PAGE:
Just like any big city, Buenos Aires is full of messages, from the street signs integral to the order of the urban landscape to the publicities that holler at us constantly as we make our way through the streets. In Buenos Aires a massive quantity of political messages are added to this basic level of visual noise as well. This city, like many others in Latin America, has a very long tradition of political graffiti. Throughout the city there is a dizzying array of official posters but also endless anonymous commentaries and huge organized propaganda paintings.
Maybe it’s no surprise then that street art often finds such a welcoming audience in this Buenos Aires. In a city where most people will tell you that they cannot remember a moment when there were no political paintings, perhaps we’re grateful for the unexpected presence of an artistic mural created just because an artist felt inspired.
In the midst of so much noise, murals of bright colors and abstract forms, like those created by the artist Poeta, offer us a beautiful repose. In the streets we’re surprised to discover a pure expression by someone who isn’t trying to tell us anything concrete or sell us anything, but just trying to make us stop for a moment in our tracks and contemplate. This art invites us to step into another space in the middle of this chaotic city.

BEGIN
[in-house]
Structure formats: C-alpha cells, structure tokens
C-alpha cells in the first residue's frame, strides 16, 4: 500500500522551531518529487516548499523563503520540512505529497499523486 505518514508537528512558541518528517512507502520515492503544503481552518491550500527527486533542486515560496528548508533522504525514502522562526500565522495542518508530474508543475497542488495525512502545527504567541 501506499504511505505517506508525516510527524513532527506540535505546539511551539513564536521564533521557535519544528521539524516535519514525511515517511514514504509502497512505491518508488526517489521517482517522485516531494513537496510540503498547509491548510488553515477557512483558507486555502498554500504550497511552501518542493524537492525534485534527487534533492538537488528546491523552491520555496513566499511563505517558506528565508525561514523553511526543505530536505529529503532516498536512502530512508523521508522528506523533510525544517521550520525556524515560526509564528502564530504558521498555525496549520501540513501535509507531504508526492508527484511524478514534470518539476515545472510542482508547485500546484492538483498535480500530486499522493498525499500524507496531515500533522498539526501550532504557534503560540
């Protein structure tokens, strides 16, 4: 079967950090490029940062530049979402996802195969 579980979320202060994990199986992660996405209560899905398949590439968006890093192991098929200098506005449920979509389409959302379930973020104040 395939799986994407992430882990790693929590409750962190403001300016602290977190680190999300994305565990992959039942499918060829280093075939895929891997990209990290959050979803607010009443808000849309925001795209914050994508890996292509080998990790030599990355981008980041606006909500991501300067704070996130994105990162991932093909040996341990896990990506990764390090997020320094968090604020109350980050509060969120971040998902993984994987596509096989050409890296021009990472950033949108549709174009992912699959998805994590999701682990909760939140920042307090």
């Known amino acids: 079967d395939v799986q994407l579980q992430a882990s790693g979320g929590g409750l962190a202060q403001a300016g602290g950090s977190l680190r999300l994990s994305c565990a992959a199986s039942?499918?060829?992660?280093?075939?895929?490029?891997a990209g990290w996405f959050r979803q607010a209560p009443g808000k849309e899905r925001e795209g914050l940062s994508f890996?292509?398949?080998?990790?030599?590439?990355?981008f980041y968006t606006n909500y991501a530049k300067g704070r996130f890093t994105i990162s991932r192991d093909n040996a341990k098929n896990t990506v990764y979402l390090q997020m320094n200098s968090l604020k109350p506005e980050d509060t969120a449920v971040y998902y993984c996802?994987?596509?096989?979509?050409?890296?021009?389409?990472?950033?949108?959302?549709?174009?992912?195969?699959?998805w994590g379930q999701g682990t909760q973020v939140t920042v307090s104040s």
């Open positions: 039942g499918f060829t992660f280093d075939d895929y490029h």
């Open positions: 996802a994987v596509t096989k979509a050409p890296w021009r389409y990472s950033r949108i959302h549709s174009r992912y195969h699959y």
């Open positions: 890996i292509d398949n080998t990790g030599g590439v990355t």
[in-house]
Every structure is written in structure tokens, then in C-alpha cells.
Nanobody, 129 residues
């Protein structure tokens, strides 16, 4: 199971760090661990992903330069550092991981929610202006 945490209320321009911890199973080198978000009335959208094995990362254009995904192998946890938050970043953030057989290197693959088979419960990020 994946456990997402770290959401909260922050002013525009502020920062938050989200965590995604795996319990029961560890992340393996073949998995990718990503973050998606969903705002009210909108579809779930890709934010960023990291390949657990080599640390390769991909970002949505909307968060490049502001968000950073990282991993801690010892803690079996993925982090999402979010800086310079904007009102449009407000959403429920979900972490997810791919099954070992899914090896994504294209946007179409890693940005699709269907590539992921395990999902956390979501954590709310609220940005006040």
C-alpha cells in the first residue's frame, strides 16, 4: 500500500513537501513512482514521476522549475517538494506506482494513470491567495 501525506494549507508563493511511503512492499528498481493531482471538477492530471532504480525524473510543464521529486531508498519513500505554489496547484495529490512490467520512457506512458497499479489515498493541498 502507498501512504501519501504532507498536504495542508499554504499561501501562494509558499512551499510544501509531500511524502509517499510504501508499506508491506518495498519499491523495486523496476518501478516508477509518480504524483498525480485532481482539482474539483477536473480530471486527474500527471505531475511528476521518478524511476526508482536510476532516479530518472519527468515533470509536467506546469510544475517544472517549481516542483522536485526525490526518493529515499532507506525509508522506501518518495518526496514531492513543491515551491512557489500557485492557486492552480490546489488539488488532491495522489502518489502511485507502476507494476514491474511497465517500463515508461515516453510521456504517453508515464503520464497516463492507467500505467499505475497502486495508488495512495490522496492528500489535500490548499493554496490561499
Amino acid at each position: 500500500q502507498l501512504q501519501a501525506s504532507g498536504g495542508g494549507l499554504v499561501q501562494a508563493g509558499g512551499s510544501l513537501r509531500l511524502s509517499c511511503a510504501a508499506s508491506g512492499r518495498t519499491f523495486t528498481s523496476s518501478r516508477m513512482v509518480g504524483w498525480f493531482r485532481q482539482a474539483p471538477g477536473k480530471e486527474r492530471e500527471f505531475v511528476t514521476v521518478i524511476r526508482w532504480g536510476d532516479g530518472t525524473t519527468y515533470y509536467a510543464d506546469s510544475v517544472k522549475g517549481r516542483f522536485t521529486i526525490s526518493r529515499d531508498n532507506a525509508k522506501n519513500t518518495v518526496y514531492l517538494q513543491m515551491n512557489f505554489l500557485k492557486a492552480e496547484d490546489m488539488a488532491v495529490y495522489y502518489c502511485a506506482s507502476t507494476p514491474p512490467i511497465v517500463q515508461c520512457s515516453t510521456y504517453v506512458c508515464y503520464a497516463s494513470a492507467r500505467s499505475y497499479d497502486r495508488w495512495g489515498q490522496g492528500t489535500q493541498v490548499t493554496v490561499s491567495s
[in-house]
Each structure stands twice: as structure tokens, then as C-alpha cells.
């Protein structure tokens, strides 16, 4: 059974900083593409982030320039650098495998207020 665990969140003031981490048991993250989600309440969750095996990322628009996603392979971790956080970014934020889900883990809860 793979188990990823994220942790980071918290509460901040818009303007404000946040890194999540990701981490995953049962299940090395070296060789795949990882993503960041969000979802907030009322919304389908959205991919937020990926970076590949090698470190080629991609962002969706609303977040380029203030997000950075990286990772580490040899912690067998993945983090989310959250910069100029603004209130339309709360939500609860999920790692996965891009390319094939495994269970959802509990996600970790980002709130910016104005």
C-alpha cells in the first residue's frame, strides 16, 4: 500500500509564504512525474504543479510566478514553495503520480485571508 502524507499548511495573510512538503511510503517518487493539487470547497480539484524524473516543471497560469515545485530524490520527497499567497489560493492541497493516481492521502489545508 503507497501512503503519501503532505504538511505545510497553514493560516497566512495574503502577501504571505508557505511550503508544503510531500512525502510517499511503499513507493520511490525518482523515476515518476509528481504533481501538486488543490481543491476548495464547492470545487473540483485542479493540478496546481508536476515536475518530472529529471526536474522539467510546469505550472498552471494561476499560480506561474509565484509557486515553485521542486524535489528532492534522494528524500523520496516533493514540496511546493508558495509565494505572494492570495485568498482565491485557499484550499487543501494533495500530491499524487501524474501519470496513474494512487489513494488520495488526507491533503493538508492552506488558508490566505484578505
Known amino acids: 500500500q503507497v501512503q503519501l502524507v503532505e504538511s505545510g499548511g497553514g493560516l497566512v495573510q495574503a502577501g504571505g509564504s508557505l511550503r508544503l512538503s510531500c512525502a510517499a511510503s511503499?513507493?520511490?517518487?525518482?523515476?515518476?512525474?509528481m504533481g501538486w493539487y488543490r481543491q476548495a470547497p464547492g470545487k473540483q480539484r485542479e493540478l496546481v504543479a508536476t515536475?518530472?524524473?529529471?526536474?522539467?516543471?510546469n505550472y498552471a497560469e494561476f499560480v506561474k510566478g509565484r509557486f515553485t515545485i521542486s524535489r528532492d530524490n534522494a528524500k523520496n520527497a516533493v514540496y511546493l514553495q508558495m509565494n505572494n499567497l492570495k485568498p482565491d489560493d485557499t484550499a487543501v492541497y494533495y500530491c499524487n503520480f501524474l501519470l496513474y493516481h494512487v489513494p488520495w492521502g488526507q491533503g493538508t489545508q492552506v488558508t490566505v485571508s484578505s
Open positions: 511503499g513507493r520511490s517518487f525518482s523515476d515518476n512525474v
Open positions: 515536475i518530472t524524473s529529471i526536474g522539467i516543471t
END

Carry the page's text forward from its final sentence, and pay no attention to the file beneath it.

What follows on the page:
Here we have an example of an artist whose work translates easily both outdoors and in. Poeta’s art has impact on and off the streets and there’s a clear coherence whether it’s created on a wall or on canvas. Poeta is creating from a pure artistic impulse and his message manifests itself wherever he leaves his mark. Where “traditional” graffiti has been defined by the nature of its context, in this case the artist has discovered his voice and shares his creative word wherever he happens to be. Of course, our experience of his works changes depending on whether we discover it on a busy street corner or hanging in a gallery, but there’s a continuity and consistency in what the artist accomplishes through his art that is not dependent on context.